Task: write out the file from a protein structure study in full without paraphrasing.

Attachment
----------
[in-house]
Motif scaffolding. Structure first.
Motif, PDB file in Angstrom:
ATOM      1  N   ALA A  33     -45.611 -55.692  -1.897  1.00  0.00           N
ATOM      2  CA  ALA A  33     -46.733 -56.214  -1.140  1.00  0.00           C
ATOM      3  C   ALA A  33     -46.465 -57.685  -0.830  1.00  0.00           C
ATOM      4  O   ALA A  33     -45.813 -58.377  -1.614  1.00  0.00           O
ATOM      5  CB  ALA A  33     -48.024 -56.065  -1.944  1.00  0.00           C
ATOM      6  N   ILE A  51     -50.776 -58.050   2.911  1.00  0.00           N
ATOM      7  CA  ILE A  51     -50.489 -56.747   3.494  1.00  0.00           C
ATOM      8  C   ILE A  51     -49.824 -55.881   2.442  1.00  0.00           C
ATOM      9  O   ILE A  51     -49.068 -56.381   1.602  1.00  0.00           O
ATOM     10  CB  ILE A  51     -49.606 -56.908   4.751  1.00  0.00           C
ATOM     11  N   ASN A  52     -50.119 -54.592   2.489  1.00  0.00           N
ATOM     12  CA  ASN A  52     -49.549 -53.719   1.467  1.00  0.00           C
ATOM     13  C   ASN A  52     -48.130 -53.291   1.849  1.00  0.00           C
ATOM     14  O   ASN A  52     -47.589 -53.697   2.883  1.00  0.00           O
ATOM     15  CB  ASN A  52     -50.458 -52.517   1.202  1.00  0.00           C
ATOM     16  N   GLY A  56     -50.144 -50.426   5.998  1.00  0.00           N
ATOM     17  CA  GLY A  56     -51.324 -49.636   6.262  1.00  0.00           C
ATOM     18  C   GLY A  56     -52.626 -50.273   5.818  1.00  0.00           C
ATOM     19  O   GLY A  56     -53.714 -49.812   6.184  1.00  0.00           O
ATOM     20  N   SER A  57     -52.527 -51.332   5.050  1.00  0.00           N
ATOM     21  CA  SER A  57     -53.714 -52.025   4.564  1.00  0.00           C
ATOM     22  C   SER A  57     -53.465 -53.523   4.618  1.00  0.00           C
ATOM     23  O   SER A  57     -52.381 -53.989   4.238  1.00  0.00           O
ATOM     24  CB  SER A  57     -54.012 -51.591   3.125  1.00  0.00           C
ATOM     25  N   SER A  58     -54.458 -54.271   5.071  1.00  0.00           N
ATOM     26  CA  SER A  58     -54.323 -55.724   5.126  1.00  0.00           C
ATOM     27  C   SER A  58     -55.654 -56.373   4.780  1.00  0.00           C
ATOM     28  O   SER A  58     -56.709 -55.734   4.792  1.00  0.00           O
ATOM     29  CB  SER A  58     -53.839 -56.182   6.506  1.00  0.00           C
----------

[in-house]
Motif scaffolding. Structure first.
Motif, PDB file in Angstrom:
ATOM      1  N   ALA A  33     -45.611 -55.692  -1.897  1.00  0.00           N
ATOM      2  CA  ALA A  33     -46.733 -56.214  -1.140  1.00  0.00           C
ATOM      3  C   ALA A  33     -46.465 -57.685  -0.830  1.00  0.00           C
ATOM      4  O   ALA A  33     -45.813 -58.377  -1.614  1.00  0.00           O
ATOM      5  CB  ALA A  33     -48.024 -56.065  -1.944  1.00  0.00           C
ATOM      6  N   ILE A  51     -50.776 -58.050   2.911  1.00  0.00           N
ATOM      7  CA  ILE A  51     -50.489 -56.747   3.494  1.00  0.00           C
ATOM      8  C   ILE A  51     -49.824 -55.881   2.442  1.00  0.00           C
ATOM      9  O   ILE A  51     -49.068 -56.381   1.602  1.00  0.00           O
ATOM     10  CB  ILE A  51     -49.606 -56.908   4.751  1.00  0.00           C
ATOM     11  N   ASN A  52     -50.119 -54.592   2.489  1.00  0.00           N
ATOM     12  CA  ASN A  52     -49.549 -53.719   1.467  1.00  0.00           C
ATOM     13  C   ASN A  52     -48.130 -53.291   1.849  1.00  0.00           C
ATOM     14  O   ASN A  52     -47.589 -53.697   2.883  1.00  0.00           O
ATOM     15  CB  ASN A  52     -50.458 -52.517   1.202  1.00  0.00           C
ATOM     16  N   GLY A  56     -50.144 -50.426   5.998  1.00  0.00           N
ATOM     17  CA  GLY A  56     -51.324 -49.636   6.262  1.00  0.00           C
ATOM     18  C   GLY A  56     -52.626 -50.273   5.818  1.00  0.00           C
ATOM     19  O   GLY A  56     -53.714 -49.812   6.184  1.00  0.00           O
ATOM     20  N   SER A  57     -52.527 -51.332   5.050  1.00  0.00           N
ATOM     21  CA  SER A  57     -53.714 -52.025   4.564  1.00  0.00           C
ATOM     22  C   SER A  57     -53.465 -53.523   4.618  1.00  0.00           C
ATOM     23  O   SER A  57     -52.381 -53.989   4.238  1.00  0.00           O
ATOM     24  CB  SER A  57     -54.012 -51.591   3.125  1.00  0.00           C
ATOM     25  N   SER A  58     -54.458 -54.271   5.071  1.00  0.00           N
ATOM     26  CA  SER A  58     -54.323 -55.724   5.126  1.00  0.00           C
ATOM     27  C   SER A  58     -55.654 -56.373   4.780  1.00  0.00           C
ATOM     28  O   SER A  58     -56.709 -55.734   4.792  1.00  0.00           O
ATOM     29  CB  SER A  58     -53.839 -56.182   6.506  1.00  0.00           C